The third or so episode of Doctor Who (new Doctor Who that started in 2005, mind), the Doctor takes Rose back home for a quick visit, change of clothes, say hello, that sort of thing. Except there’s a calculation error somewhere, and they accidentally come back a year later. So Rose has been missing for a year, her family and friends all think she’s missing or dead, while to her she’s only seen them a few weeks ago.
That’s what I feel like visiting Pittsburgh. It was summer when I left, and it’s summer now. Suddenly being in all the same places I was a year ago, my brain thinks no time has passed at all.
But has time ever passed. Everything feels mostly the same, but here and there are differences everywhere. Some are little, just enough to make the familiar feel uncanny. Like the finished hotel behind Trinity, with its parking lot surrounded with new grass. A new dishwasher or updated washing machine in a house I’ve visited a hundred times. Other changes are more natural, if naturally shocking. Like our friends’ kids being a foot taller. Our home church growing, with many new faces.
The biggest and very best changes, though, are the babies. No less than four babies have appeared in our closest friends and family. There’s no denying or explaining or second-guessing babies. Like my friend Carrie says, who’s the mom of one of said babies: there’s a whole person here that wasn’t there before! Wiggling, smiling, existing as if they always have, because they have just as much right to do so as I have.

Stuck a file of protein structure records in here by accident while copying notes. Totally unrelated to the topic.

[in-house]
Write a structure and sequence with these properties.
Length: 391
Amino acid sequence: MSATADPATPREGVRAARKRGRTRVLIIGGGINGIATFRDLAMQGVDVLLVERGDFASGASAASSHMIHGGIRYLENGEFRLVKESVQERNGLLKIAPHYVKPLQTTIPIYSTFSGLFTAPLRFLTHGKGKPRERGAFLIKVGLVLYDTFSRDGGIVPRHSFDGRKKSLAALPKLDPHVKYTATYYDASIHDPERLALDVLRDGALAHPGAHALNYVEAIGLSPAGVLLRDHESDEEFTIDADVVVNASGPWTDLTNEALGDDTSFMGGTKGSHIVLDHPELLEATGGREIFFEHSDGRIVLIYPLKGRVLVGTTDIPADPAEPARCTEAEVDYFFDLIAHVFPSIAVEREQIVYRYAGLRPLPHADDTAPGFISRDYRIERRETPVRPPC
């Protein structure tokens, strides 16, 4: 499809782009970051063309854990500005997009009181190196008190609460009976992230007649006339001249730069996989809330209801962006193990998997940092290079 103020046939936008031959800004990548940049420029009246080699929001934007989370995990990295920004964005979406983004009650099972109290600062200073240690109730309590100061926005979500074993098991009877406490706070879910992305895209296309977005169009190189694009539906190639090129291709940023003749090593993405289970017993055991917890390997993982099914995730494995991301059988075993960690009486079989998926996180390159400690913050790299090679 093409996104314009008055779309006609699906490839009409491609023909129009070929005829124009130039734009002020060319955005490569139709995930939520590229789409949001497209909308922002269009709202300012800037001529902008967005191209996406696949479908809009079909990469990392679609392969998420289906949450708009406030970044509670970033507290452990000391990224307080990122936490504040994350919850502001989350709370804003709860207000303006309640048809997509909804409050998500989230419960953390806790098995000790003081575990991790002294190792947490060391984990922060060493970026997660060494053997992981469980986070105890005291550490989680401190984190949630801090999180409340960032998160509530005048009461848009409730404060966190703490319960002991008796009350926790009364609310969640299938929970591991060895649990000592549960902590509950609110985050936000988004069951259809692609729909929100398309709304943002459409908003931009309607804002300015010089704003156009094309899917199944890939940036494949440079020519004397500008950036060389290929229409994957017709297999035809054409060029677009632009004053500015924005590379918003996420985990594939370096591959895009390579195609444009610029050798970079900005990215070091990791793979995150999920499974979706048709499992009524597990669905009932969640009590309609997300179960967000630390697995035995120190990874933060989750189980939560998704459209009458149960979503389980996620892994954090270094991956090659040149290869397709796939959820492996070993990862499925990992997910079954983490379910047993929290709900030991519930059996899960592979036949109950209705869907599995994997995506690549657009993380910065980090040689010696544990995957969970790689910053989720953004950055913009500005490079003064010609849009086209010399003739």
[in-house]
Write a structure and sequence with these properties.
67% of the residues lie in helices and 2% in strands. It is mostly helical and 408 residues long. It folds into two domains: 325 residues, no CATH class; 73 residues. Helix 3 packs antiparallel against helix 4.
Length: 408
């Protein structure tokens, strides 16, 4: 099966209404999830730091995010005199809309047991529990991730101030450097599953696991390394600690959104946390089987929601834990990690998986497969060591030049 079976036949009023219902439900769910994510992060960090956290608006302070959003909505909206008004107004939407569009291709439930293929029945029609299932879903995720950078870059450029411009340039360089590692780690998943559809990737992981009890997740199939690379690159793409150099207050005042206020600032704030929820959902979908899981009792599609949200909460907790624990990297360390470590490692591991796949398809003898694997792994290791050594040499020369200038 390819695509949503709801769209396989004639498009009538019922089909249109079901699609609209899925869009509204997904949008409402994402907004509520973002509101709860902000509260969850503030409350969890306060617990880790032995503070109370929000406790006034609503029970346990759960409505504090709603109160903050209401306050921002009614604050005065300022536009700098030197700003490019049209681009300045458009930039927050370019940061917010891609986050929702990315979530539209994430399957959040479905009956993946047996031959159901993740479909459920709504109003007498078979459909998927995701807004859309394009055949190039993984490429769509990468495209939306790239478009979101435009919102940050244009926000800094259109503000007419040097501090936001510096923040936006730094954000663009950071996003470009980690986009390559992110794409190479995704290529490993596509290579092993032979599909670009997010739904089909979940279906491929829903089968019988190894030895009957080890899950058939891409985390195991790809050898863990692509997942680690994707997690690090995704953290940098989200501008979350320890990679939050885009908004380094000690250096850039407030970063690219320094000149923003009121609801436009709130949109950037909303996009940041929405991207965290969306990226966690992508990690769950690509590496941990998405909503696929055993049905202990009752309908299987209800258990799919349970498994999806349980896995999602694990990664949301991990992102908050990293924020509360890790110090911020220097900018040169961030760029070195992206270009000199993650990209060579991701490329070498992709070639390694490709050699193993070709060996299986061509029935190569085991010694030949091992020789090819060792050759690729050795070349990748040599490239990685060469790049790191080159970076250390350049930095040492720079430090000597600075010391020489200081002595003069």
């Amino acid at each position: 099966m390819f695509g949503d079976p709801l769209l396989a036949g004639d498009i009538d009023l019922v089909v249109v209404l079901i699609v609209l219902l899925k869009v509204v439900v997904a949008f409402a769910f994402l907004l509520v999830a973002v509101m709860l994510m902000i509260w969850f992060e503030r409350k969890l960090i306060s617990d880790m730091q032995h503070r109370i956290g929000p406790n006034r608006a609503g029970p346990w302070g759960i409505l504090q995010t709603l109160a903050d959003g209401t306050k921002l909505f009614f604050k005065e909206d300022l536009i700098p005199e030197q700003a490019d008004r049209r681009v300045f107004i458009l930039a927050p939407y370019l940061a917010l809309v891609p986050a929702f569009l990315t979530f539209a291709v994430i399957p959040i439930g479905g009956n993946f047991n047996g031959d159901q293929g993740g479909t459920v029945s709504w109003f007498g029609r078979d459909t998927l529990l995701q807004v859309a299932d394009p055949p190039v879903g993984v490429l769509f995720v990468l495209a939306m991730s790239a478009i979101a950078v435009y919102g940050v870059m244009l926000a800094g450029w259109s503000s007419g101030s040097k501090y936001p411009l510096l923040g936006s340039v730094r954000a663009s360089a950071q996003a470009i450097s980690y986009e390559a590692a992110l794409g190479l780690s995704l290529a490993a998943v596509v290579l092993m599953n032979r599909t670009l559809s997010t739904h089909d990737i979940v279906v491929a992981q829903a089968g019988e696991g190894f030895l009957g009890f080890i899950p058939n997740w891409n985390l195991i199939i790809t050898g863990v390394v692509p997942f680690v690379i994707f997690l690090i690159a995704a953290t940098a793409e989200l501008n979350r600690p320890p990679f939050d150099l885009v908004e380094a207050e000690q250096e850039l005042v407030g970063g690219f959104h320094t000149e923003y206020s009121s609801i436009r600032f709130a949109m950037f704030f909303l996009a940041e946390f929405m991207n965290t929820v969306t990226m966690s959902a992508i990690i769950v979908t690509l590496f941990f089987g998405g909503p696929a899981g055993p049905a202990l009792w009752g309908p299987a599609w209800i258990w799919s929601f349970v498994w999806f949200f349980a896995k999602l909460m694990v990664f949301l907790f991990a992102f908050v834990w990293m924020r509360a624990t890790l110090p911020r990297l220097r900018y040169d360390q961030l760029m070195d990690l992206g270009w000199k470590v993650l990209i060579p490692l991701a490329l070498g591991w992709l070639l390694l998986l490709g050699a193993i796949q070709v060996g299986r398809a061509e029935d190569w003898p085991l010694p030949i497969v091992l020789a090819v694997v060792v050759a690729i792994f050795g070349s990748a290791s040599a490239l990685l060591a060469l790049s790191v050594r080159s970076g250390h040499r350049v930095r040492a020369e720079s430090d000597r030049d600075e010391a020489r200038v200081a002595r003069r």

And those four families have a different shape, as each one bends into make a different polygon with room for one more point. My brain is disoriented to rejoin their circle – don’t I know these people? Why is there another one? – But five seconds of smiles or cuddles or coos and just like that, they were always there. That’s the miracle of life: the entrance into time of a new immortal.
One of these dear ones was promised a sweater before I left town. I wanted to make sure I could make good, so I bought yarn up in Iqaluit – nothing very fancy, as I wanted his mom to be able to wash the thing – but special for having come so far. (I may have spent more on the buttons than the yarn. They were really cute buttons.) Said little sweater accompanied me in three cities, and was completed in traffic on the way home from the Pittsburgh Zoo.
I was so excited to meet him that it was silly to care about a sweater. But his mom was a sport and let him try it on for me. He’s more cheerful and energetic and happy than I could have imagined, and just right for his parents.
(Pattern: “Oscar” by Julie Partie – exactly the little old man sweater I wanted. Yarn: Bernat Satin Solids in “Admiral.” It’s amazing how much less objectionable acrylic is to work with in the Arctic; i.e. when it’s dry and not-hot.)
The hardest part of all this is how short all these visits were. Each visit with friends was so precious, and every time someone shared with me it made me feel so cared for to be allowed to connect again, to allowed to be a part of their life, even though they knew how quickly we’d be leaving again. It’s hard, but so worth it, but so hard.
I suppose this is how every expat feels who comes back for a visit, but it’s all new to us, and who knows if we’re doing it right. It just seems important to connect, and to be grateful for what we have.
And, as is always right and good, to hug these littles while we can.
Love you, Pittsburgh. See you next year.